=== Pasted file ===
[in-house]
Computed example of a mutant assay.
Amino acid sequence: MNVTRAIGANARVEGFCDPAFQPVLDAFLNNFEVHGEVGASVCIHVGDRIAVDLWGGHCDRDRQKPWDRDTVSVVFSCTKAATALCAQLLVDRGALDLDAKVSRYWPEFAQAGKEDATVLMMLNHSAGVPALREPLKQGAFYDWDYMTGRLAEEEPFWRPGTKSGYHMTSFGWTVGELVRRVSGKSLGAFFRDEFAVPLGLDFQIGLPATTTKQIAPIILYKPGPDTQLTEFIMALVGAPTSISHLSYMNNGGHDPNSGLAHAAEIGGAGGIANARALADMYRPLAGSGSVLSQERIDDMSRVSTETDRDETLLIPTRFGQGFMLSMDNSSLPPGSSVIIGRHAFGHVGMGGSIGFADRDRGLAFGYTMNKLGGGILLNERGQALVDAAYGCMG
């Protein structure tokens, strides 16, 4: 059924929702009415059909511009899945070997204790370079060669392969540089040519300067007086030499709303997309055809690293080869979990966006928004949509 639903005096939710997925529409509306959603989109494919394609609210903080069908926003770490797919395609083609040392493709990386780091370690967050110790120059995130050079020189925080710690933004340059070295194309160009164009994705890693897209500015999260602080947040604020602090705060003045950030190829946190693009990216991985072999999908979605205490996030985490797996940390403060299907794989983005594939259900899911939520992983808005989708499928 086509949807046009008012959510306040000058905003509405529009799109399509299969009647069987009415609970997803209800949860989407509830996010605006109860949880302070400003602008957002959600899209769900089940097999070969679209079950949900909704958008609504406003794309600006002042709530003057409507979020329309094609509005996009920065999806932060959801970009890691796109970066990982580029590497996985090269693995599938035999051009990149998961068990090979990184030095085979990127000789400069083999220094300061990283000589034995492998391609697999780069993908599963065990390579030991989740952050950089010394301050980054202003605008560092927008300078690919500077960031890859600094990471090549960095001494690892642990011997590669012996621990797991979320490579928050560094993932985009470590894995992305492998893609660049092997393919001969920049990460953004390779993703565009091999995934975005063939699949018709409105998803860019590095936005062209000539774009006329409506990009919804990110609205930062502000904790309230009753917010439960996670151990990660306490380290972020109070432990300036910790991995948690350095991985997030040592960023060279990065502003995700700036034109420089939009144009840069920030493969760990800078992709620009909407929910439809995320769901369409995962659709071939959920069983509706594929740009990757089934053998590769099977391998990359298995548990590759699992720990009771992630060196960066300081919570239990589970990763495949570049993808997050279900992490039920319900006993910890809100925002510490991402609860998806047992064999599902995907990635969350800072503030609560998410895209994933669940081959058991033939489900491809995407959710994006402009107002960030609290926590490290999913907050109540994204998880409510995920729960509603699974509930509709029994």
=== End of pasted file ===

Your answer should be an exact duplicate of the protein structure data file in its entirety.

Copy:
[in-house]
Computed example of a mutant assay.
Amino acid sequence: MNVTRAIGANARVEGFCDPAFQPVLDAFLNNFEVHGEVGASVCIHVGDRIAVDLWGGHCDRDRQKPWDRDTVSVVFSCTKAATALCAQLLVDRGALDLDAKVSRYWPEFAQAGKEDATVLMMLNHSAGVPALREPLKQGAFYDWDYMTGRLAEEEPFWRPGTKSGYHMTSFGWTVGELVRRVSGKSLGAFFRDEFAVPLGLDFQIGLPATTTKQIAPIILYKPGPDTQLTEFIMALVGAPTSISHLSYMNNGGHDPNSGLAHAAEIGGAGGIANARALADMYRPLAGSGSVLSQERIDDMSRVSTETDRDETLLIPTRFGQGFMLSMDNSSLPPGSSVIIGRHAFGHVGMGGSIGFADRDRGLAFGYTMNKLGGGILLNERGQALVDAAYGCMG
């Protein structure tokens, strides 16, 4: 059924929702009415059909511009899945070997204790370079060669392969540089040519300067007086030499709303997309055809690293080869979990966006928004949509 639903005096939710997925529409509306959603989109494919394609609210903080069908926003770490797919395609083609040392493709990386780091370690967050110790120059995130050079020189925080710690933004340059070295194309160009164009994705890693897209500015999260602080947040604020602090705060003045950030190829946190693009990216991985072999999908979605205490996030985490797996940390403060299907794989983005594939259900899911939520992983808005989708499928 086509949807046009008012959510306040000058905003509405529009799109399509299969009647069987009415609970997803209800949860989407509830996010605006109860949880302070400003602008957002959600899209769900089940097999070969679209079950949900909704958008609504406003794309600006002042709530003057409507979020329309094609509005996009920065999806932060959801970009890691796109970066990982580029590497996985090269693995599938035999051009990149998961068990090979990184030095085979990127000789400069083999220094300061990283000589034995492998391609697999780069993908599963065990390579030991989740952050950089010394301050980054202003605008560092927008300078690919500077960031890859600094990471090549960095001494690892642990011997590669012996621990797991979320490579928050560094993932985009470590894995992305492998893609660049092997393919001969920049990460953004390779993703565009091999995934975005063939699949018709409105998803860019590095936005062209000539774009006329409506990009919804990110609205930062502000904790309230009753917010439960996670151990990660306490380290972020109070432990300036910790991995948690350095991985997030040592960023060279990065502003995700700036034109420089939009144009840069920030493969760990800078992709620009909407929910439809995320769901369409995962659709071939959920069983509706594929740009990757089934053998590769099977391998990359298995548990590759699992720990009771992630060196960066300081919570239990589970990763495949570049993808997050279900992490039920319900006993910890809100925002510490991402609860998806047992064999599902995907990635969350800072503030609560998410895209994933669940081959058991033939489900491809995407959710994006402009107002960030609290926590490290999913907050109540994204998880409510995920729960509603699974509930509709029994």